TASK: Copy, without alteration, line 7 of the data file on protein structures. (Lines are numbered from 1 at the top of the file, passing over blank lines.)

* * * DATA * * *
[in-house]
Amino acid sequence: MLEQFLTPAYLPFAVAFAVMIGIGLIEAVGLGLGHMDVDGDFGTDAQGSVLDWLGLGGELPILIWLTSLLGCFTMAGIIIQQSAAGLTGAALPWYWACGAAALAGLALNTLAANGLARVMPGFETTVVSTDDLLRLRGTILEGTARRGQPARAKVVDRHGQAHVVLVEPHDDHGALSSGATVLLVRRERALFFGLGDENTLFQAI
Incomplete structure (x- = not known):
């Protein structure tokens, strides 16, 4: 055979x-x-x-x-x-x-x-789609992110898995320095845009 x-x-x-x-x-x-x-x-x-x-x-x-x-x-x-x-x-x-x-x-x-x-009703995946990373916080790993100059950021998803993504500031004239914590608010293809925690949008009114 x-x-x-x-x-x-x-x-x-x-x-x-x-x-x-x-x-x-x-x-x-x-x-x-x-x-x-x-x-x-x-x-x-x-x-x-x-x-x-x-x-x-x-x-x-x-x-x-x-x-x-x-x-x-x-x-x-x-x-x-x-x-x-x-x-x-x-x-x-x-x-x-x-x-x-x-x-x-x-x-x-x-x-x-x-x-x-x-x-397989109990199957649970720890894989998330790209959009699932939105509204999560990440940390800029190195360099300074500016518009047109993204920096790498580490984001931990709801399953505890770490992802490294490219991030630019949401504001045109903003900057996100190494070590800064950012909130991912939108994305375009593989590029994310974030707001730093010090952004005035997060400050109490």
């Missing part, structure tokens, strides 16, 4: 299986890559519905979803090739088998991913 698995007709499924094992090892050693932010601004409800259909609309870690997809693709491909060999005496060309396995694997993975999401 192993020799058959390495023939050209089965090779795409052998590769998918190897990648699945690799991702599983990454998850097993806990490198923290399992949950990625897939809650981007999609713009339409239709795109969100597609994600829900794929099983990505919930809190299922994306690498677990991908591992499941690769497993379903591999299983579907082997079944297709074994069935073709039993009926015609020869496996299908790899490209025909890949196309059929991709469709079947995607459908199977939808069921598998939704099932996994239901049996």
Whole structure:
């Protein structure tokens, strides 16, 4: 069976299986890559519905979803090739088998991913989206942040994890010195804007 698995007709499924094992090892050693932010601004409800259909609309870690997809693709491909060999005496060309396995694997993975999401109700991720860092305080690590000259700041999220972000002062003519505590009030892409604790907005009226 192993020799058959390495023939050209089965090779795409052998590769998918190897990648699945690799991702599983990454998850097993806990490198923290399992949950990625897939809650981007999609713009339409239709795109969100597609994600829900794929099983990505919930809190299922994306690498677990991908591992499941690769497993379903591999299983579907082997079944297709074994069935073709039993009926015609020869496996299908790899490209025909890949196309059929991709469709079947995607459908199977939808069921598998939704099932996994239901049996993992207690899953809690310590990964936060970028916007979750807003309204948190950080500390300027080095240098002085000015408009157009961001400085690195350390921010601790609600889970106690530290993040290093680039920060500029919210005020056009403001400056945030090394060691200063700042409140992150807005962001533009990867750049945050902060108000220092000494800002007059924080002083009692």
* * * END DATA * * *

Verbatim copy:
């Protein structure tokens, strides 16, 4: 069976299986890559519905979803090739088998991913989206942040994890010195804007 698995007709499924094992090892050693932010601004409800259909609309870690997809693709491909060999005496060309396995694997993975999401109700991720860092305080690590000259700041999220972000002062003519505590009030892409604790907005009226 192993020799058959390495023939050209089965090779795409052998590769998918190897990648699945690799991702599983990454998850097993806990490198923290399992949950990625897939809650981007999609713009339409239709795109969100597609994600829900794929099983990505919930809190299922994306690498677990991908591992499941690769497993379903591999299983579907082997079944297709074994069935073709039993009926015609020869496996299908790899490209025909890949196309059929991709469709079947995607459908199977939808069921598998939704099932996994239901049996993992207690899953809690310590990964936060970028916007979750807003309204948190950080500390300027080095240098002085000015408009157009961001400085690195350390921010601790609600889970106690530290993040290093680039920060500029919210005020056009403001400056945030090394060691200063700042409140992150807005962001533009990867750049945050902060108000220092000494800002007059924080002083009692």